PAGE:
Intel, one of the world’s largest semiconductor companies, is suspending business operations in Russia “effective immediately,” the company announced on Tuesday.
“Intel continues to join the global community in condemning Russia’s war against Ukraine,” the company said in a statement. Intel stopped shipping chips to customers in Russia and Belarus in early March.
Intel said that it is “working to support all of our employees through this difficult situation, including our 1,200 employees in Russia.”
Ordinarily, it would be a drastic step for a multinational company like Intel to exit a market the size of Russia. But Western sanctions have made it increasingly difficult for global companies to operate in Russia. Earlier this week, the Biden administration announced broad sanctions on the Russian electronics industry, which presumably includes many of Intel’s partners and customers in Russia.
Two of Intel’s major competitors, AMD and Nvidia, halted sales of their products in Russia early last month. Taiwanese chipmaker TSMC has also restricted sales in Russia.
The departure of so many tech companies could make it difficult for Russian companies and the Russian government to get access to IT gear at a time when the war is putting new demands on Russian networks.
In March, the IT industry publication Data Center Dynamics noted that the Russian government was seizing spare data center capacity from Western countries that fled Russia:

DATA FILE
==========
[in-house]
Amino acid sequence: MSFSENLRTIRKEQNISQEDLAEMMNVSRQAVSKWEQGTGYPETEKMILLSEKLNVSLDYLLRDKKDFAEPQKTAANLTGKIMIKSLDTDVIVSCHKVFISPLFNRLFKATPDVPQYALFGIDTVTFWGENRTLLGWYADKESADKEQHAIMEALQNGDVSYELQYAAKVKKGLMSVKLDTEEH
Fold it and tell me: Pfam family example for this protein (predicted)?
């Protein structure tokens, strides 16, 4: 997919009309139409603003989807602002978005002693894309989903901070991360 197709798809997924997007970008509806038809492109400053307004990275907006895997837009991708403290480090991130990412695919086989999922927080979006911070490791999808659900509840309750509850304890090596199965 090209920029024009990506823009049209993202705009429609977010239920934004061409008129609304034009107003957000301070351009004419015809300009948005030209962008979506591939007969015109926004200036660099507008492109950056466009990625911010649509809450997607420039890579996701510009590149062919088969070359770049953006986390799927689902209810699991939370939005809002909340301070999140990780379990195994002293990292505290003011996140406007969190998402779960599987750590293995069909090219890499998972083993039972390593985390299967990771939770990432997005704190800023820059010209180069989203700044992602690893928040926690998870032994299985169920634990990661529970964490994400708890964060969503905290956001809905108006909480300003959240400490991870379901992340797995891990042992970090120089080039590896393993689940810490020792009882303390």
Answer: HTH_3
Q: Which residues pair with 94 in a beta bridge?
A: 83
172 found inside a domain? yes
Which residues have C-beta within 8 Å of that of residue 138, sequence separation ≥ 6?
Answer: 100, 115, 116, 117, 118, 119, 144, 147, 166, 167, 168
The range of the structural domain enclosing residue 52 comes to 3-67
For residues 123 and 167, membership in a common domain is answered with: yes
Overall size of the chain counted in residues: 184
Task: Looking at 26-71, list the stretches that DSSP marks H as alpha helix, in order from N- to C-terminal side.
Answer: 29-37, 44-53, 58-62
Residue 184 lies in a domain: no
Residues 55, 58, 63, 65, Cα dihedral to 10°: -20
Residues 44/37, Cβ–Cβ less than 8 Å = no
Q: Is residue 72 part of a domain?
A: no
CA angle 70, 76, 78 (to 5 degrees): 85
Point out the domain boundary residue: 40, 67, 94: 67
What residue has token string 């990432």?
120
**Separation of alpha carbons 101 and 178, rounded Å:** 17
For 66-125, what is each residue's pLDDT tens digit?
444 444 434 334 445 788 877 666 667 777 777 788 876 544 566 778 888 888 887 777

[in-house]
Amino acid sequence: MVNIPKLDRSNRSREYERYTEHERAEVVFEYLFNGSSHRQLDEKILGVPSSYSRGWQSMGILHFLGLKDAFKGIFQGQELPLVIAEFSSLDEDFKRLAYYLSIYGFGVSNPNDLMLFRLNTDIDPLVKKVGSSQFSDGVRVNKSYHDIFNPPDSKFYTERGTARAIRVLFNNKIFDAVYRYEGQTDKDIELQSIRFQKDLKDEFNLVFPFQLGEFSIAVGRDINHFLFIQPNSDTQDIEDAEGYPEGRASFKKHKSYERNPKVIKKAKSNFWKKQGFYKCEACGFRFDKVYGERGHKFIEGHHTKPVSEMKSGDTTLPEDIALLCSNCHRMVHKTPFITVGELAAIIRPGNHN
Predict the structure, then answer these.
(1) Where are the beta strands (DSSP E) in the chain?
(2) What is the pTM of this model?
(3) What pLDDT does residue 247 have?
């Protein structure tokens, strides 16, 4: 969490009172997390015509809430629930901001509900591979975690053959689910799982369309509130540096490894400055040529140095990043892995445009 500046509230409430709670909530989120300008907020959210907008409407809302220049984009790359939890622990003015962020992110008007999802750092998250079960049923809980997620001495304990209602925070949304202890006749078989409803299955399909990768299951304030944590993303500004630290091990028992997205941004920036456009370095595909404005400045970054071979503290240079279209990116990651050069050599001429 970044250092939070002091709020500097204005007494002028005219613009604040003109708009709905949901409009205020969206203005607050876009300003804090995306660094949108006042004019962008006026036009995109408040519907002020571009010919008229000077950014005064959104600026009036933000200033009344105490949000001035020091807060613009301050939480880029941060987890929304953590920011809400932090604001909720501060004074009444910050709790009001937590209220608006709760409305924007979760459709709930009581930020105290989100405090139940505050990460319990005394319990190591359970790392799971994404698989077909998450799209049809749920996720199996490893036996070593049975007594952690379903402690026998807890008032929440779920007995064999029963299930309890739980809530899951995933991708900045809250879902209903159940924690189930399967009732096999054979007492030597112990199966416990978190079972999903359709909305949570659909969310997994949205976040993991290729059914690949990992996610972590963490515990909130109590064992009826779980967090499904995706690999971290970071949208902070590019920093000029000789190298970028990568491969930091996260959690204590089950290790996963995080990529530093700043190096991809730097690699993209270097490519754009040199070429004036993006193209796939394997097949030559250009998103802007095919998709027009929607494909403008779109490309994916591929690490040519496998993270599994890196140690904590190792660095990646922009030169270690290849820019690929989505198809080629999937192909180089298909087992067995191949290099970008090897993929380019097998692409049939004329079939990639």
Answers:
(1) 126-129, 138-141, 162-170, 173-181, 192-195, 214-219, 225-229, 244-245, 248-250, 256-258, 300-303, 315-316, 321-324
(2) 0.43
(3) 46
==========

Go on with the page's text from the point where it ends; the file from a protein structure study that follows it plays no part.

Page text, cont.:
Russian business publication Kommersant reports that authorities are preparing to buy out all the capacity at commercial data centers (potentially including IT already contracted out), and take over the IT resources of companies that have announced their withdrawal from Russia.
The country has already shown a willingness to take over the assets of departing companies—with McDonald’s departing, the restaurants are being relaunched as “Uncle Vanya,” a new company with a logo based on the iconic Golden Arches of McDonald’s.
The US government has also been pressuring Chinese semiconductor firms not to supply chips to Russia. While Chinese companies aren’t directly subject to US law, many Chinese chipmakers are dependent on Western technologies. US sanctions against China’s Huawei have done significant damage to the company’s smartphone business.
Last week, the Associated Press reported that as many as 70,000 Russian technology workers have fled Russia since the invasion of Ukraine began. That exodus will make it all the more difficult for the Russian government to find the resources necessary to repurpose commercial IT infrastructure for government use.
Tim Lee was on staff at Ars from 2017 to 2021. In 2021, he launched Full Stack Economics, an independent email newsletter about the economy, technology, and public policy. You can subscribe to his newsletter here.